I like that everyone here is getting after it, and doing something when they're not working. Everyone is good at something and takes it to the extreme–and their kids are usually right behind them, too!

I love Quebec. My grandma, my sister and brothers, Mom and Dad are there. But my lifestyle is more easily achieved living where I do. I would love to see my family more, that's for sure, but I guess that's the biggest sacrifice.

Where do you see your riding going in the future? What else do you want to achieve?

DCP slashes a steep, soft runout. Paul Morrison photo.

I'm co-producing a film this year called Balance (Check out @thebalancemovie), which is about surfing, skateboarding, and snowboarding. I'm still gonna be doing some fall line, freestyle snowboarding, and hitting a few jumps.

I want to ride with my kids and wife as well as much as I can in the coming months before the busy filming season. I love to see my kids progress and get the bug for winter.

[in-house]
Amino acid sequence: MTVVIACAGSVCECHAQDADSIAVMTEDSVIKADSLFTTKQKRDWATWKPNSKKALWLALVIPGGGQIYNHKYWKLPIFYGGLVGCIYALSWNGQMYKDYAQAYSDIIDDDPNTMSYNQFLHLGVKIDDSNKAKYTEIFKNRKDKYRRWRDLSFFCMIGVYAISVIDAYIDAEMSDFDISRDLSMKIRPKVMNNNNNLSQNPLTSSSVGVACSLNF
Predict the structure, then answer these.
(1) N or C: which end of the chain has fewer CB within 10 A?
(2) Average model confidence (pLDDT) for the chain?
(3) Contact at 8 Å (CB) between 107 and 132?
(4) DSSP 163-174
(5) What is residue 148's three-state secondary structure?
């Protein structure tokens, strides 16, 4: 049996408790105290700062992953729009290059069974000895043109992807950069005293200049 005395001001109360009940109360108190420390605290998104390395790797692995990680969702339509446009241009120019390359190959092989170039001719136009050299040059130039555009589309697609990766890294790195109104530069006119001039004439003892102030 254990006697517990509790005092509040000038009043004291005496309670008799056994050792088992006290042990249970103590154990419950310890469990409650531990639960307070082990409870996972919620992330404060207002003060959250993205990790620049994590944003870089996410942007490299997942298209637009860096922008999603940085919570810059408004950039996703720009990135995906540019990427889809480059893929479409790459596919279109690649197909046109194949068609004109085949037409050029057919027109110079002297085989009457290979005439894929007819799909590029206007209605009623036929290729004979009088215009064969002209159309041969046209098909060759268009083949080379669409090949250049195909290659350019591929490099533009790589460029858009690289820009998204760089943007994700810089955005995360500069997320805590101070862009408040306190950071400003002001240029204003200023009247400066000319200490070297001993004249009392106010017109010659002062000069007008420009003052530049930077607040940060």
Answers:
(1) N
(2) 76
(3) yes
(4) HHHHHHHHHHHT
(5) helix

I would also love to inspire people to pick up snowboarding as a meditative activity rather then a physical activity, if that's what you are seeking, because it can truly be a perfect mix of both.

Snowboarding is not about how much you are spinning, unless it’s your true aspiration, but you gotta think about snowboarding as this freedom, this creativity, this feeling of being so in the moment and connected with your board and the snow and the terrain that it feels effortless.

Snowboarding is that, and that's the fun and the satisfaction you get out of it. The break from it all, if you need that break, or the glue to put it all together.

Check out the video profile of DCP and his family in Whistler’s Beyond Series (above at the top of the page), and look out for Balance dropping in fall 2015.